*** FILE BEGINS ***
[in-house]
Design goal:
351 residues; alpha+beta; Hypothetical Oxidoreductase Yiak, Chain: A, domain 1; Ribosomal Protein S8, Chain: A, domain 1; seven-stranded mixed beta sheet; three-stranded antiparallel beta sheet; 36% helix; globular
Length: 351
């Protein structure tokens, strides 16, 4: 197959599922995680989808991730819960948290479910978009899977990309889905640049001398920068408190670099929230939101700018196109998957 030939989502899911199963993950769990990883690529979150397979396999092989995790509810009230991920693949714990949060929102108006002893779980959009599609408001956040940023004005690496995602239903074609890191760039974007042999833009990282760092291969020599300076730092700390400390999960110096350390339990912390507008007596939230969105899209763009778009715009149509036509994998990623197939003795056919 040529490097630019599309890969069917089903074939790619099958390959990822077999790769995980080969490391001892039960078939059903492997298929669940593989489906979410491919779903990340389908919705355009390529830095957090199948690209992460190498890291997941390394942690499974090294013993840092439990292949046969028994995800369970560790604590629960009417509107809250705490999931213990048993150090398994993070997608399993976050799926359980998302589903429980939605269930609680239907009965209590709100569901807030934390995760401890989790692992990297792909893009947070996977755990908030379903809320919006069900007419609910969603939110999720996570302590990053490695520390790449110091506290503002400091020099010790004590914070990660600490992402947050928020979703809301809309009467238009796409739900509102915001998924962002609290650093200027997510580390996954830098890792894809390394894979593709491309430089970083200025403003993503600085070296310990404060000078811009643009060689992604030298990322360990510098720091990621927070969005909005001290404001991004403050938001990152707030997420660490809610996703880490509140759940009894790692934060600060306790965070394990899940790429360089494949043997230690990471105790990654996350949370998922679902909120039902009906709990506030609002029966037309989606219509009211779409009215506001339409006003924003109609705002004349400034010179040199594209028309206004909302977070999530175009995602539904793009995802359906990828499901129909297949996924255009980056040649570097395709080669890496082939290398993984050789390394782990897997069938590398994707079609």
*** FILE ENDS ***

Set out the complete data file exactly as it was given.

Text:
[in-house]
Design goal:
351 residues; alpha+beta; Hypothetical Oxidoreductase Yiak, Chain: A, domain 1; Ribosomal Protein S8, Chain: A, domain 1; seven-stranded mixed beta sheet; three-stranded antiparallel beta sheet; 36% helix; globular
Length: 351
């Protein structure tokens, strides 16, 4: 197959599922995680989808991730819960948290479910978009899977990309889905640049001398920068408190670099929230939101700018196109998957 030939989502899911199963993950769990990883690529979150397979396999092989995790509810009230991920693949714990949060929102108006002893779980959009599609408001956040940023004005690496995602239903074609890191760039974007042999833009990282760092291969020599300076730092700390400390999960110096350390339990912390507008007596939230969105899209763009778009715009149509036509994998990623197939003795056919 040529490097630019599309890969069917089903074939790619099958390959990822077999790769995980080969490391001892039960078939059903492997298929669940593989489906979410491919779903990340389908919705355009390529830095957090199948690209992460190498890291997941390394942690499974090294013993840092439990292949046969028994995800369970560790604590629960009417509107809250705490999931213990048993150090398994993070997608399993976050799926359980998302589903429980939605269930609680239907009965209590709100569901807030934390995760401890989790692992990297792909893009947070996977755990908030379903809320919006069900007419609910969603939110999720996570302590990053490695520390790449110091506290503002400091020099010790004590914070990660600490992402947050928020979703809301809309009467238009796409739900509102915001998924962002609290650093200027997510580390996954830098890792894809390394894979593709491309430089970083200025403003993503600085070296310990404060000078811009643009060689992604030298990322360990510098720091990621927070969005909005001290404001991004403050938001990152707030997420660490809610996703880490509140759940009894790692934060600060306790965070394990899940790429360089494949043997230690990471105790990654996350949370998922679902909120039902009906709990506030609002029966037309989606219509009211779409009215506001339409006003924003109609705002004349400034010179040199594209028309206004909302977070999530175009995602539904793009995802359906990828499901129909297949996924255009980056040649570097395709080669890496082939290398993984050789390394782990897997069938590398994707079609």